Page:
Andrew Layman - Upward Mobility:A Way To Promote IT
Andrew Layman - Upward Mobility:A Way To Promote IT

more share options...


‹ Back

Andrew Layman - Upward Mobility:A Way To Promote IT


The aspiration for upward mobility is sometimes attributed to people who have reached the extension, as
it were, of the career ladder. Their search is for higher executive status, more perks, more luxurious cars and a larger salary package. This tends to be supported by companies which have expensive programmes for executive advancement. It is as well that this support for the development and emergence of top executives is in place, for the country needs its businesses, its employers and its engines of economic growth to be led by South Africans, particularly those who have been marginalised from such leadership opportunities in the past.

However, it is the section of the ladder from the ground that is relevant for most employees. While it has become increasingly true that qualifications have allowed some people to bypass the lower rungs, many more have had to climb rung by rung, their developing competencies, knowledge and insights being based on the experience of work.

There are several aspects which require consideration. Many young people are misplaced, or perhaps ‘unplaced’, in their jobs because desperation for employment has overridden conscious, deliberate choice.
At the same time, the paucity of cohesive and relevant career education has seen a ‘job’ assume greater importance in the mind than a ‘career’. Secondly, even despite that it may be job rather than a career, the
employee must have aspirations and a determined enthusiasm to facilitate his or her own progress.

Unfortunately, in many cases, school education may not have prepared young people to take responsibility
for their own destiny. Then there is the employer and the workplace environment which must not only be conducive to the encouragement of progress but must provide impetus and incentive to those whose enthusiasm might be easily dulled by indifference.

At Catalyx, we have such a programme, introduced a year ago, which has elements of carrot and stick, but rather more of the former. Our people are expected, as a KPI, to do at least 24 hours of study during the year, each hour earning a so-called Career Development Point (CDP). We have provided a high level of support, including an internal mentorship programme, and extensive research into suitable free online courses. A database of 120 such courses is available to staff in the belief that online study is a great deal easier if a webpage link is already available.

Our various offices have extra opening or closing times to allow people to use the company data facilities to reduce the cost to them, while some time for study is allowed during office hours.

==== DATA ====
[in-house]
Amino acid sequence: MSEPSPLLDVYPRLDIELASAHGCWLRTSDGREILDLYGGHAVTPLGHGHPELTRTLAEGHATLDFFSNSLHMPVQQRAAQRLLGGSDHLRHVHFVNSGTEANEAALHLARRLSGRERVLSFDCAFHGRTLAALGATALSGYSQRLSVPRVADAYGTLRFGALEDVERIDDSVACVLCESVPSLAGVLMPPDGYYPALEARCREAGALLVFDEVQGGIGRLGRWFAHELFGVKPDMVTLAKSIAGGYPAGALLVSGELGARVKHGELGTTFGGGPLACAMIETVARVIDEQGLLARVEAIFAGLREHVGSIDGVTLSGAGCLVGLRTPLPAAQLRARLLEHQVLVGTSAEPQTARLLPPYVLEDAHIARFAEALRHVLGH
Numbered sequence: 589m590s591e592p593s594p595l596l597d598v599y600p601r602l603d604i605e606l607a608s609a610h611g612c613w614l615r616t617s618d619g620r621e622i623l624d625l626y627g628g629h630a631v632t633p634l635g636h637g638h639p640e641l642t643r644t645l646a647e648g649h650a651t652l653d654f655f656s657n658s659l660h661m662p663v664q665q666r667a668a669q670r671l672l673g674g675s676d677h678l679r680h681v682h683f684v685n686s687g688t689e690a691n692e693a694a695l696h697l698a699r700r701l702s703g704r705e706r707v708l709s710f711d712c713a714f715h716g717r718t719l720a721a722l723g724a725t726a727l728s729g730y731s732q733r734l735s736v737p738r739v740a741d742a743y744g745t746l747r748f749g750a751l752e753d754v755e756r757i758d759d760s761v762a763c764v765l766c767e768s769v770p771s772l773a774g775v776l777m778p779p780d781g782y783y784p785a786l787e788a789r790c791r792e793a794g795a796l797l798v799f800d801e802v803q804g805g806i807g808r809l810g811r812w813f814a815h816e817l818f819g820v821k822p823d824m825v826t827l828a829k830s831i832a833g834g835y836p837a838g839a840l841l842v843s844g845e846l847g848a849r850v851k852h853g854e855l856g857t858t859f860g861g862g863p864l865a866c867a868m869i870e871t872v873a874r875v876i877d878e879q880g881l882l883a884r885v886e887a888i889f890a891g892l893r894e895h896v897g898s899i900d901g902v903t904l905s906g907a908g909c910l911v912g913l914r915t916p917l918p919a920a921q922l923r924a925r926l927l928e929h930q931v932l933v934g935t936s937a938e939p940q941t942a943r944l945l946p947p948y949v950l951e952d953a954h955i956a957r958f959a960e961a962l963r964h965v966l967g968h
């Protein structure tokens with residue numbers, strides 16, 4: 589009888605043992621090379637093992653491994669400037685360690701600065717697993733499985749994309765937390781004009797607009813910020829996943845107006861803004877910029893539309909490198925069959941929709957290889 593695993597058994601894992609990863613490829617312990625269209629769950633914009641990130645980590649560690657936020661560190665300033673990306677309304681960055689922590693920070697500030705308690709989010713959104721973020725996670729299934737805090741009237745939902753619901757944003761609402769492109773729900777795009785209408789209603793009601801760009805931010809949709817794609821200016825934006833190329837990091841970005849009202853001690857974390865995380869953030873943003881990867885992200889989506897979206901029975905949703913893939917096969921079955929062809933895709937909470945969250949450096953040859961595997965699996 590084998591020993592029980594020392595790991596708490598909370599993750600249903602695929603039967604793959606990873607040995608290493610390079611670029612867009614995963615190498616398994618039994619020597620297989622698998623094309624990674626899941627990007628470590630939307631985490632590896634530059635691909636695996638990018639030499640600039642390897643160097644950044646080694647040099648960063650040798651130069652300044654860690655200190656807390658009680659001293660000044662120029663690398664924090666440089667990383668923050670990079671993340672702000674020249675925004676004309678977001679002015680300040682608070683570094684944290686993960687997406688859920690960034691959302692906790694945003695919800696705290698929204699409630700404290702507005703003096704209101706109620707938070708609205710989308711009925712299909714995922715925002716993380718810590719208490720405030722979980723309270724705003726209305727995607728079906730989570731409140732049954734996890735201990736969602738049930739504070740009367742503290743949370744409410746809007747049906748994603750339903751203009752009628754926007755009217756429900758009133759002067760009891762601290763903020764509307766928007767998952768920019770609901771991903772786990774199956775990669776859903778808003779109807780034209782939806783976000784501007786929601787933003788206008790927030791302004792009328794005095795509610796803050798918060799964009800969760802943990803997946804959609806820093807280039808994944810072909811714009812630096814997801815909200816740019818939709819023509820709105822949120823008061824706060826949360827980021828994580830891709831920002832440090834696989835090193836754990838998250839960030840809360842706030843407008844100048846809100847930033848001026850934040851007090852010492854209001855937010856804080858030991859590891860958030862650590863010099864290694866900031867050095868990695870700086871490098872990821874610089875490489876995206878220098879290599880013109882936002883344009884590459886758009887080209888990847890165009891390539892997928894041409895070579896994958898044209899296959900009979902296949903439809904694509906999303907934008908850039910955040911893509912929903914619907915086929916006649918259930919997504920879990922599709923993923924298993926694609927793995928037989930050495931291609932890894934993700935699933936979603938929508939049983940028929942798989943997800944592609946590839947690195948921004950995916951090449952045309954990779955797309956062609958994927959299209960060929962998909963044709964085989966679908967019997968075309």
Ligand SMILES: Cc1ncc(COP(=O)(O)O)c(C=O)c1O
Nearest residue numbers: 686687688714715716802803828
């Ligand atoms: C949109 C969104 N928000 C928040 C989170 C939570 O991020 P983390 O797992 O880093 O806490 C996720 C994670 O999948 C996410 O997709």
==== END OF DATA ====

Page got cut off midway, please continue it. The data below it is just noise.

The level of enthusiasm for this programme, especially among our younger staff (most of our staff are young and there are nearly twenty interns) has been far beyond expectation. Including degrees and diploma courses for which some staff are enrolled, 16 people completed over 400 hours of study during 2018, while more than half the staff of 75 managed to achieve the threshold of 24 hours.

Enthusiasm and commitment have emanated from youthful competitiveness which was not foreseen. A race to the top is evident which, together with greater pressure from management beyond this pilot year, will draw others into the study-for-advancement regimen so that they too may feel the satisfaction of selfaccomplishment.

For the employer, this type of facilitation is not the whole deal. If skills development does not relate to personal progress in one’s career, it has limited value. Opportunities for promotion in any company are restricted by staffing structures which often seem to be cast in stone. Perhaps the working world of our era
requires less adherence to these, and much greater flexibility to recognise and move the talent upwards; creating posts for people, rather than putting people into posts. And if we can’t provide the further incentive
of advancement, we should be happy to see their efforts rewarded elsewhere, for by this means our country’s workforce will be strengthened and all business will benefit. 

Contact Details
T: 0861 888 985

Andrew Layman - Upward Mobility:A Way To Promote IT

Copyright © 2024 KwaZulu-Natal Top Business

Get the Flash Player to see this player.